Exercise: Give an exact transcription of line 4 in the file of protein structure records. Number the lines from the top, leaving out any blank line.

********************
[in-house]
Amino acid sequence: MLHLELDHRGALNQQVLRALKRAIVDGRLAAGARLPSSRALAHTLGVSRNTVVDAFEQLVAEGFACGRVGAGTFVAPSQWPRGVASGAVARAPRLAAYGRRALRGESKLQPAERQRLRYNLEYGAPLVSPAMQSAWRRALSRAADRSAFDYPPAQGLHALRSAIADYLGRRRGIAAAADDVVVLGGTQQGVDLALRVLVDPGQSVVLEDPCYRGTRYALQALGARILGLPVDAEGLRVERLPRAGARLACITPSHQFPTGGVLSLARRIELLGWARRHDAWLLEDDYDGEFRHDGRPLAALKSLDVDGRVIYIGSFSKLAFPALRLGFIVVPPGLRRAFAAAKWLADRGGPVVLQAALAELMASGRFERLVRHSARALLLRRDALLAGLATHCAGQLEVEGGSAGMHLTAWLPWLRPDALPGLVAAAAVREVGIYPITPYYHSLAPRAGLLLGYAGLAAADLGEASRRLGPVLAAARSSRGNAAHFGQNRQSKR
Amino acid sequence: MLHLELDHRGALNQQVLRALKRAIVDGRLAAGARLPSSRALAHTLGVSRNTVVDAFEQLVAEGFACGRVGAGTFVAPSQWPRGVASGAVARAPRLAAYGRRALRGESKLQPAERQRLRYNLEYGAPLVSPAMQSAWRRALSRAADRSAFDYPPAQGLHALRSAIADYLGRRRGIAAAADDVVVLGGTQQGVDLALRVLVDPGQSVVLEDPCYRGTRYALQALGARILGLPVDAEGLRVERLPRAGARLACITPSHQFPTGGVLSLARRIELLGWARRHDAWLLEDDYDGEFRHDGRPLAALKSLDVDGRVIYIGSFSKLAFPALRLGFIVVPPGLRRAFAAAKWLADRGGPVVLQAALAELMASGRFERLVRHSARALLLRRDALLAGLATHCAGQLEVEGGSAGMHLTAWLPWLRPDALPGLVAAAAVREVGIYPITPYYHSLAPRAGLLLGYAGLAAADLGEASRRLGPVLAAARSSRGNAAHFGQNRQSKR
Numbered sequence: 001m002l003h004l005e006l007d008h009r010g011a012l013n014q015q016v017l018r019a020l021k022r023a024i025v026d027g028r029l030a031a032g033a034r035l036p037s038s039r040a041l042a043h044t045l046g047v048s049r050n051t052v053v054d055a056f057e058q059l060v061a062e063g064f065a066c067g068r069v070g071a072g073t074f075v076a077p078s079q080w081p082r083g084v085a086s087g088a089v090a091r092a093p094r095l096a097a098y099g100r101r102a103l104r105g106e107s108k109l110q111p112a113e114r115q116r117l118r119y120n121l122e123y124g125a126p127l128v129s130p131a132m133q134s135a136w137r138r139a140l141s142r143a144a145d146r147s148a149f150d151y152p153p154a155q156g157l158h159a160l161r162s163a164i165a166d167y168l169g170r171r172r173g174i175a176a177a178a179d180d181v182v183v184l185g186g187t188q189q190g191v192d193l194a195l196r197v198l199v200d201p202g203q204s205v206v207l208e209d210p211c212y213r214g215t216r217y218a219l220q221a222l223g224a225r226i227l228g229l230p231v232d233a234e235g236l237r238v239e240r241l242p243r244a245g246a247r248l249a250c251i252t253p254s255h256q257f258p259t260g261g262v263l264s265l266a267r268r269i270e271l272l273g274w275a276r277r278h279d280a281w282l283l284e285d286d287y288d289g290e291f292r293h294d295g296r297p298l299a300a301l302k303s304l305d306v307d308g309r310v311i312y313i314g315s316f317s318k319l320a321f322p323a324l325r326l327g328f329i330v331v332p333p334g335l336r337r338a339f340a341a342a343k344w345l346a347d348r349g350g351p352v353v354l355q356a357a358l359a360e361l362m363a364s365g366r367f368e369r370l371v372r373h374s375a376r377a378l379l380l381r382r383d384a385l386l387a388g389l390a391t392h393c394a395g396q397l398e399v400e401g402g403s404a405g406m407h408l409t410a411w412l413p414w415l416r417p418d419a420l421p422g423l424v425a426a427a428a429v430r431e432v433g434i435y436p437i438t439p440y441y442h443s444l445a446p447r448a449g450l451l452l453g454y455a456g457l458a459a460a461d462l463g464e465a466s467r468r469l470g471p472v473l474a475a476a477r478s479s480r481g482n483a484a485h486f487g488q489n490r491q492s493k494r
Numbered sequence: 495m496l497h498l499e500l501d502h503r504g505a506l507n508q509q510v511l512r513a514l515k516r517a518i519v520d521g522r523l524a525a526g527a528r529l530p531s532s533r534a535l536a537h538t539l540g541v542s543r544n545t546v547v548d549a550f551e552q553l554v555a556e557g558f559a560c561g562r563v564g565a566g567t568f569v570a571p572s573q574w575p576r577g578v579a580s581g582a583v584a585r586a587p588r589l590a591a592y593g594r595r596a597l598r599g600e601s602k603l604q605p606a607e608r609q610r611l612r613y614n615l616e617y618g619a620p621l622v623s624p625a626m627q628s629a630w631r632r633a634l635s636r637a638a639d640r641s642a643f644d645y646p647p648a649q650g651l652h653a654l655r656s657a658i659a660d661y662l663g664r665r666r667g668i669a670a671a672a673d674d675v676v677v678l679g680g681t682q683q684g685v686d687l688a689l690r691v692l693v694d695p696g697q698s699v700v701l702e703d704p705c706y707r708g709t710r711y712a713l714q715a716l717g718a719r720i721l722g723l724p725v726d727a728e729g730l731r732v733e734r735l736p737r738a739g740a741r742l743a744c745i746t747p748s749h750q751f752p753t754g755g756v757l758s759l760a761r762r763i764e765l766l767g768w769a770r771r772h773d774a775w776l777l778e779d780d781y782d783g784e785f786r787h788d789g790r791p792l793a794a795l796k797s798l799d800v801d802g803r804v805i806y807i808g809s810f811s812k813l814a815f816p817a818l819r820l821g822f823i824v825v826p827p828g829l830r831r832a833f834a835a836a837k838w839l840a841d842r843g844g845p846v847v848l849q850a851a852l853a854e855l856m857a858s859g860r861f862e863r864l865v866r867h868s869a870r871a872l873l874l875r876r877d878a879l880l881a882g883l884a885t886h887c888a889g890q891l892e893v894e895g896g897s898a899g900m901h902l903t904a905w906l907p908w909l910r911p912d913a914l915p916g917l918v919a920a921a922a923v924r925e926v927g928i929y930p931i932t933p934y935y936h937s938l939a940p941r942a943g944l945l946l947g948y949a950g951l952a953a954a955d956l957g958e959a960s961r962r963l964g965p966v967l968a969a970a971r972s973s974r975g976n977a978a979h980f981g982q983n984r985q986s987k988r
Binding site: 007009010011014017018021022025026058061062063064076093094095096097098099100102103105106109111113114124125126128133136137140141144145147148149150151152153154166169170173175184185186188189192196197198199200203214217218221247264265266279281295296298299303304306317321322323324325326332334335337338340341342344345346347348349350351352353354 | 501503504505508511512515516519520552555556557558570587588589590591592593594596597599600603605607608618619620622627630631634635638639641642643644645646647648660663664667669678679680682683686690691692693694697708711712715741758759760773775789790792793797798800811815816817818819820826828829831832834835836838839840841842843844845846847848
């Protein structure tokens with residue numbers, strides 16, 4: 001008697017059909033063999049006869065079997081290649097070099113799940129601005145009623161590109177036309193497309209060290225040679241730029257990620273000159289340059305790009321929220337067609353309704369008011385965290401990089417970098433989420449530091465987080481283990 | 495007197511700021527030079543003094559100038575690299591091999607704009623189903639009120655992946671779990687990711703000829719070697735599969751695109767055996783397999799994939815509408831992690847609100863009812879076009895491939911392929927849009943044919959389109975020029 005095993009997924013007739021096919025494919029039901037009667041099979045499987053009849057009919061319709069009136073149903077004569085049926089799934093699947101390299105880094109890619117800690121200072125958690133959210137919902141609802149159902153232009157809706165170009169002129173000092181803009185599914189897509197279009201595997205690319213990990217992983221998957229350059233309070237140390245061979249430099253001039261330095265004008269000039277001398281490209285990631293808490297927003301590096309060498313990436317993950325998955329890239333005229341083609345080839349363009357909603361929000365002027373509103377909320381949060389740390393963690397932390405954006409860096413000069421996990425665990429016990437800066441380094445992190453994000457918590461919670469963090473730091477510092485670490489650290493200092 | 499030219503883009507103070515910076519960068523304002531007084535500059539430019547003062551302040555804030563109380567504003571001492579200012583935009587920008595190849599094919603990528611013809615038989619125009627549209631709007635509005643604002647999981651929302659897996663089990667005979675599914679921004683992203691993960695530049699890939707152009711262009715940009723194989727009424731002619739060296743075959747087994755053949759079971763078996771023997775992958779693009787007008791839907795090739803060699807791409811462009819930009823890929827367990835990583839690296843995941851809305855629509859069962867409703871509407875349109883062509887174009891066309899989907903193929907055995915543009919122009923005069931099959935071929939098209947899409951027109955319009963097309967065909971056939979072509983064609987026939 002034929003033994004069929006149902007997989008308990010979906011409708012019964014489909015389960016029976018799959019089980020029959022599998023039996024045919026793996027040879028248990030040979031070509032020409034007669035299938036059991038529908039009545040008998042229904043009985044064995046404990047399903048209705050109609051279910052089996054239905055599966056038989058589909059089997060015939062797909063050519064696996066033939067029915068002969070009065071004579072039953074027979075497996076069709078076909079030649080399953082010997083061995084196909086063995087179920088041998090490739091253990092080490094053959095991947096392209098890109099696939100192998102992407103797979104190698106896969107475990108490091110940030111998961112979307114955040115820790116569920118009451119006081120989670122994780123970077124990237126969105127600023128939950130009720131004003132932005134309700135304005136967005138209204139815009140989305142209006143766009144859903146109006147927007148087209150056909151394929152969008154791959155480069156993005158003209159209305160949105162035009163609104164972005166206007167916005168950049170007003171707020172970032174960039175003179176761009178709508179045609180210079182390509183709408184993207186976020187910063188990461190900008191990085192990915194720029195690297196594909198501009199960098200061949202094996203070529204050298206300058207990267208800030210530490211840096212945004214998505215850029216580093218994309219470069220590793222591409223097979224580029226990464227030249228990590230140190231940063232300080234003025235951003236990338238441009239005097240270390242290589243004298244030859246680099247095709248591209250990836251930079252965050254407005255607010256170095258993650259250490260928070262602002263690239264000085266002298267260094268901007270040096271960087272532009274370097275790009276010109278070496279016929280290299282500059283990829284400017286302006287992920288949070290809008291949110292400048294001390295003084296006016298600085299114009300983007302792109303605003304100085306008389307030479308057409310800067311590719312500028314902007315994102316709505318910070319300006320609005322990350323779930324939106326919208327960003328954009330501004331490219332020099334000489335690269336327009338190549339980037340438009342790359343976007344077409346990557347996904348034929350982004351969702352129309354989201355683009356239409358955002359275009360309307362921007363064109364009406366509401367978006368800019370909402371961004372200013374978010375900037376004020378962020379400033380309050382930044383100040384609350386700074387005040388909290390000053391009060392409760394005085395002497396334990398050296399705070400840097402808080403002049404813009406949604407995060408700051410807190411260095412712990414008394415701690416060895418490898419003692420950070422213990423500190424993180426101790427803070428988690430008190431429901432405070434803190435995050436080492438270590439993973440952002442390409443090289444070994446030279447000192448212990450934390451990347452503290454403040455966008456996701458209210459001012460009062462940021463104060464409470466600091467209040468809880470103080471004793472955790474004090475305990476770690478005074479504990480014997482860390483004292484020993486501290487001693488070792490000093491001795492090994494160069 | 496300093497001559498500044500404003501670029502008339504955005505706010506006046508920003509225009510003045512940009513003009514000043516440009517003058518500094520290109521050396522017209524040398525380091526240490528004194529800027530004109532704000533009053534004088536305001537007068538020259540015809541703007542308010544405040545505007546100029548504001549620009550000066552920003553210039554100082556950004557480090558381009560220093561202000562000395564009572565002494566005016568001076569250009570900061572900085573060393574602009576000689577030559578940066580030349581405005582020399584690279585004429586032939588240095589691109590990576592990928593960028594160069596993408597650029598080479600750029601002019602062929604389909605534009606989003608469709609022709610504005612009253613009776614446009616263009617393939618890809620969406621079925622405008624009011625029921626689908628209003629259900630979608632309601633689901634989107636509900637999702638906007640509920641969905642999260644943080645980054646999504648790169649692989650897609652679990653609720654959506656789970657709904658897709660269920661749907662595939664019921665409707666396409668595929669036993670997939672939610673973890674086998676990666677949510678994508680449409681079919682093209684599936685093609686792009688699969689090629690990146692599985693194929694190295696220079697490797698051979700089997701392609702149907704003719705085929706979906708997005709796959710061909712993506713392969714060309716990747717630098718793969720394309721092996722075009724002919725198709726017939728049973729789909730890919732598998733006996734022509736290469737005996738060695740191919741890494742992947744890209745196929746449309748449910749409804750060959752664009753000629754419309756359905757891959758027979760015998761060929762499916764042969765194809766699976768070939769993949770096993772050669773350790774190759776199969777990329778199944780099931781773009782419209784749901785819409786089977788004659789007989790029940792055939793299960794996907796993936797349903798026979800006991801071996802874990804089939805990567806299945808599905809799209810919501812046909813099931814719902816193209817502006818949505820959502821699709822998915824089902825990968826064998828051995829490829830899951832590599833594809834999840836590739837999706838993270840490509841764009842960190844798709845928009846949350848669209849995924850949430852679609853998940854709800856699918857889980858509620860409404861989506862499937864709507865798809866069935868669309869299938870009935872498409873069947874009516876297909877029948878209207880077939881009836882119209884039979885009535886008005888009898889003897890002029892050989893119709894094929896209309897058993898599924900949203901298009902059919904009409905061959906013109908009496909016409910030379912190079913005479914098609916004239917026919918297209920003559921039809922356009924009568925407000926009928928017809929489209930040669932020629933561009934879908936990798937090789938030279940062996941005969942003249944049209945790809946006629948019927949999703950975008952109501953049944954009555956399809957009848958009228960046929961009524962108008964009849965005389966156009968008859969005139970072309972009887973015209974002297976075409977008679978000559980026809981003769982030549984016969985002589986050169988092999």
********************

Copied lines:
Numbered sequence: 001m002l003h004l005e006l007d008h009r010g011a012l013n014q015q016v017l018r019a020l021k022r023a024i025v026d027g028r029l030a031a032g033a034r035l036p037s038s039r040a041l042a043h044t045l046g047v048s049r050n051t052v053v054d055a056f057e058q059l060v061a062e063g064f065a066c067g068r069v070g071a072g073t074f075v076a077p078s079q080w081p082r083g084v085a086s087g088a089v090a091r092a093p094r095l096a097a098y099g100r101r102a103l104r105g106e107s108k109l110q111p112a113e114r115q116r117l118r119y120n121l122e123y124g125a126p127l128v129s130p131a132m133q134s135a136w137r138r139a140l141s142r143a144a145d146r147s148a149f150d151y152p153p154a155q156g157l158h159a160l161r162s163a164i165a166d167y168l169g170r171r172r173g174i175a176a177a178a179d180d181v182v183v184l185g186g187t188q189q190g191v192d193l194a195l196r197v198l199v200d201p202g203q204s205v206v207l208e209d210p211c212y213r214g215t216r217y218a219l220q221a222l223g224a225r226i227l228g229l230p231v232d233a234e235g236l237r238v239e240r241l242p243r244a245g246a247r248l249a250c251i252t253p254s255h256q257f258p259t260g261g262v263l264s265l266a267r268r269i270e271l272l273g274w275a276r277r278h279d280a281w282l283l284e285d286d287y288d289g290e291f292r293h294d295g296r297p298l299a300a301l302k303s304l305d306v307d308g309r310v311i312y313i314g315s316f317s318k319l320a321f322p323a324l325r326l327g328f329i330v331v332p333p334g335l336r337r338a339f340a341a342a343k344w345l346a347d348r349g350g351p352v353v354l355q356a357a358l359a360e361l362m363a364s365g366r367f368e369r370l371v372r373h374s375a376r377a378l379l380l381r382r383d384a385l386l387a388g389l390a391t392h393c394a395g396q397l398e399v400e401g402g403s404a405g406m407h408l409t410a411w412l413p414w415l416r417p418d419a420l421p422g423l424v425a426a427a428a429v430r431e432v433g434i435y436p437i438t439p440y441y442h443s444l445a446p447r448a449g450l451l452l453g454y455a456g457l458a459a460a461d462l463g464e465a466s467r468r469l470g471p472v473l474a475a476a477r478s479s480r481g482n483a484a485h486f487g488q489n490r491q492s493k494r